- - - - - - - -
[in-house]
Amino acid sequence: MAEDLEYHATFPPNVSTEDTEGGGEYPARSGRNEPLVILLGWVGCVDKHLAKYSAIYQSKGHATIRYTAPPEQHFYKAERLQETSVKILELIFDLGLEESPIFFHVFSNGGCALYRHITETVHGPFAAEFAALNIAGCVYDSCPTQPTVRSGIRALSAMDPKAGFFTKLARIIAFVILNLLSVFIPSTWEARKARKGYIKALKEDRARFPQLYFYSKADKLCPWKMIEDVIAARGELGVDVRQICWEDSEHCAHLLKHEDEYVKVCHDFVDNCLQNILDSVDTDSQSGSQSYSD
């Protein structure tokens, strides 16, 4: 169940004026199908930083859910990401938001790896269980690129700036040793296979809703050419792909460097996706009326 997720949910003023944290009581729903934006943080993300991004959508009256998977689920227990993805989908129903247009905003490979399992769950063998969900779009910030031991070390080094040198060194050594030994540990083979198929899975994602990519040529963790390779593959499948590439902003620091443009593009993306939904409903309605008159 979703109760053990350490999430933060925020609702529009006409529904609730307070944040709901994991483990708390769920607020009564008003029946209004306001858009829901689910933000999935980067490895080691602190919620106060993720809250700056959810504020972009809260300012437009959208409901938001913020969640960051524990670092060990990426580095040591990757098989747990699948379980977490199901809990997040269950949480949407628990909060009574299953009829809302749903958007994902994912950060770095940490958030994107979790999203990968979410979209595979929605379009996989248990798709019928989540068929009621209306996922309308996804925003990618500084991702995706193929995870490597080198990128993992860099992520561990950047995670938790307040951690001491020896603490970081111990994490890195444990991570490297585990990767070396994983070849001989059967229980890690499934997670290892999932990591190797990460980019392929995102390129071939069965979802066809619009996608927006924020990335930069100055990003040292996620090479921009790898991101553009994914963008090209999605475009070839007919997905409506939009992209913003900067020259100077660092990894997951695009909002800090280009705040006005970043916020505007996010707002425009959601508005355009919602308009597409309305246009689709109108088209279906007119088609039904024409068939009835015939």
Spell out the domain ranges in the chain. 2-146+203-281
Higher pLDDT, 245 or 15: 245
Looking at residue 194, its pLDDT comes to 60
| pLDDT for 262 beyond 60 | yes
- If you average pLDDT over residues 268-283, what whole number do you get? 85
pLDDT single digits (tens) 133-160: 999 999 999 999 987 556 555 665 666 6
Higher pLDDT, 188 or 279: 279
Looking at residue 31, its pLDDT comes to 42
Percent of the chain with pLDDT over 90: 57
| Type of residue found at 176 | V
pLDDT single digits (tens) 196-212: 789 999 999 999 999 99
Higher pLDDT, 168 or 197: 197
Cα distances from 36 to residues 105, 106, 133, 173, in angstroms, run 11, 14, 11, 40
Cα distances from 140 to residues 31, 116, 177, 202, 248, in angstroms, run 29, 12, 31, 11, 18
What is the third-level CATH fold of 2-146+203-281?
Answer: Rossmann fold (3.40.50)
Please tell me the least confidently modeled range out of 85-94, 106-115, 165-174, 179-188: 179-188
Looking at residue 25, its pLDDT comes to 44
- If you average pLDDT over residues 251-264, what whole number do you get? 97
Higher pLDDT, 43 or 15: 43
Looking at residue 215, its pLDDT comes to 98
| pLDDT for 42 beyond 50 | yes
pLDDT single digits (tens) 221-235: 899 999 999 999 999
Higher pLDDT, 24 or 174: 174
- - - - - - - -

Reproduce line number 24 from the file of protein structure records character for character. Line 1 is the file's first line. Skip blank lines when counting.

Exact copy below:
Looking at residue 215, its pLDDT comes to 98